The mechanism causing pyruvate-induced methylmercury toxicity has also been examined. In yeast cells that have little pyruvate decarboxylase activity involved in the production of acetyl-CoA from pyruvate, the effect of pyruvate on methylmercury toxicity was significantly increased [23]. This result suggested that methylmercury promoted the transport of pyruvate into mitochondria and that the increased pyruvate concentrations in mitochondria were involved in intensifying the toxicity of methylmercury without being converted to acetyl-CoA. Furthermore, in human neuroblastoma cells, methylmercury treatment alone decreased the mitochondrial membrane potential, and the addition of pyruvate led to a further significant decrease. In addition, treatment with N-acetylcysteine (an antioxidant) significantly alleviated the toxicity of methylmercury and significantly inhibited the intensification of methylmercury toxicity by pyruvate [23]. These data indicate that methylmercury increases mitochondrial pyruvate levels, leading to mitochondrial dysfunction and the generation of reactive oxygen species (Fig. 2).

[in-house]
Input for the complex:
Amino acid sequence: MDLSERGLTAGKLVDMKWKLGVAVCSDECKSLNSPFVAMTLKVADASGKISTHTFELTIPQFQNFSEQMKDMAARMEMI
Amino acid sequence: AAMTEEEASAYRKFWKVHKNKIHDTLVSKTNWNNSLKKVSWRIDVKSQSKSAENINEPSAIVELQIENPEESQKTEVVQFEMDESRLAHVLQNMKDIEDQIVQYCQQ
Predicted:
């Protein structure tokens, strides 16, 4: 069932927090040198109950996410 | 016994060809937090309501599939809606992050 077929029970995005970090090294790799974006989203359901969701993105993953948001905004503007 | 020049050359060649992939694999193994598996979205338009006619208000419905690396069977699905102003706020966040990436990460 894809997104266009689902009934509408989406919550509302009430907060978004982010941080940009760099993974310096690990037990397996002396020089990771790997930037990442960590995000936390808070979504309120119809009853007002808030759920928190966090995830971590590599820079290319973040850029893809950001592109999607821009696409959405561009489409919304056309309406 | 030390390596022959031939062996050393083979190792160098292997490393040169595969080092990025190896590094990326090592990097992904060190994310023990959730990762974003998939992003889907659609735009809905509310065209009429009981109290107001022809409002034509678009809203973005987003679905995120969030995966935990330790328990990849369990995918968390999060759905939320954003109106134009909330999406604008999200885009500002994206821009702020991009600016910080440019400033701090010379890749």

Fig. 2
figure 2

The scheme of methylmercury toxic mechanism by the pyruvate transportation into mitochondria. MeHg+, methylmercury; ΔΨm, mitochondrial membrane potential; ROS, reactive oxygen species

Chemokines in methylmercury toxicity